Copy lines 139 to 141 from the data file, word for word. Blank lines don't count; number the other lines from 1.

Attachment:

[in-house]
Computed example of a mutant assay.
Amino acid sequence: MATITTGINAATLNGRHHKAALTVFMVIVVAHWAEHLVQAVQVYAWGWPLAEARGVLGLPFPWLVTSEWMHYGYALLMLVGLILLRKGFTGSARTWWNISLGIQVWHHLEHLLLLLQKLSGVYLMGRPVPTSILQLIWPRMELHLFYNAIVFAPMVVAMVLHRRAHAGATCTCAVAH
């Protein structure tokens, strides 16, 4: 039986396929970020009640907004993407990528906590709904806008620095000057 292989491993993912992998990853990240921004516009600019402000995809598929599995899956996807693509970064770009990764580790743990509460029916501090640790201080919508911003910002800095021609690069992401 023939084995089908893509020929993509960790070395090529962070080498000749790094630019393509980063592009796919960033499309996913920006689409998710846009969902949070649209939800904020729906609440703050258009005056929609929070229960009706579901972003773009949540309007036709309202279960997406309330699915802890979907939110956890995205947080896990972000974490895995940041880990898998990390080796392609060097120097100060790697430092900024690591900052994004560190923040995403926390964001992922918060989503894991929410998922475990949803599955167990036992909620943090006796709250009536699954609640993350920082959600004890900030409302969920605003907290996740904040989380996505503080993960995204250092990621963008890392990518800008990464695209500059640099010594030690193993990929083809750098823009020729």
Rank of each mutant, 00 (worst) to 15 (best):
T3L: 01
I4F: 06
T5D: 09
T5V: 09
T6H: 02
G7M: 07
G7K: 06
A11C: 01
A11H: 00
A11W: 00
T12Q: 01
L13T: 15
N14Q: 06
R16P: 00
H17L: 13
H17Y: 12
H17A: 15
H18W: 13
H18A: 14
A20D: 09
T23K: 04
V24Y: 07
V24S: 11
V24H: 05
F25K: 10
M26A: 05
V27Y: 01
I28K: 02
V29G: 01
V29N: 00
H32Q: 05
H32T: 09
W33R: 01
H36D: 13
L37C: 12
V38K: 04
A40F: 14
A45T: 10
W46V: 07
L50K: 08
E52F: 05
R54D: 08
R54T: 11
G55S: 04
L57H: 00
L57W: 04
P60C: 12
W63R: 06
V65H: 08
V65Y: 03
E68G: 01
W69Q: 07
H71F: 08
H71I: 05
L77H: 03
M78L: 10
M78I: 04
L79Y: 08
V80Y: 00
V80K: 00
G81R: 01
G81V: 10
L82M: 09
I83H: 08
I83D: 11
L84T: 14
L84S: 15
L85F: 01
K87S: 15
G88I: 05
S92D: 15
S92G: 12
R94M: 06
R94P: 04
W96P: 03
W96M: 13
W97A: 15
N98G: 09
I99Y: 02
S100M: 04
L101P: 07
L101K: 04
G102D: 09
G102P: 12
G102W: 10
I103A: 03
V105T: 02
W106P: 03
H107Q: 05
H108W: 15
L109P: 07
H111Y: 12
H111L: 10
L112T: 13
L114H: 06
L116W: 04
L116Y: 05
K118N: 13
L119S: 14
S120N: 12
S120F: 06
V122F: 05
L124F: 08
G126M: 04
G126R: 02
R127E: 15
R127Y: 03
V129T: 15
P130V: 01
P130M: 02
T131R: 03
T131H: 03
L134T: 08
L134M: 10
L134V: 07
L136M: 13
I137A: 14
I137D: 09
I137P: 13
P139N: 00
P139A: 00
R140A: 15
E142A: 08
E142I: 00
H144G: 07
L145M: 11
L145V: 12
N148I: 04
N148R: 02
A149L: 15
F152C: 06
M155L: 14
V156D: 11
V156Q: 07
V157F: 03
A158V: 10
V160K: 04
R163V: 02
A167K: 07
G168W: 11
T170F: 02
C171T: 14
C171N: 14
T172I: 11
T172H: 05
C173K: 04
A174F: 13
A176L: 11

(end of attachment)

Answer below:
V156Q: 07
V157F: 03
A158V: 10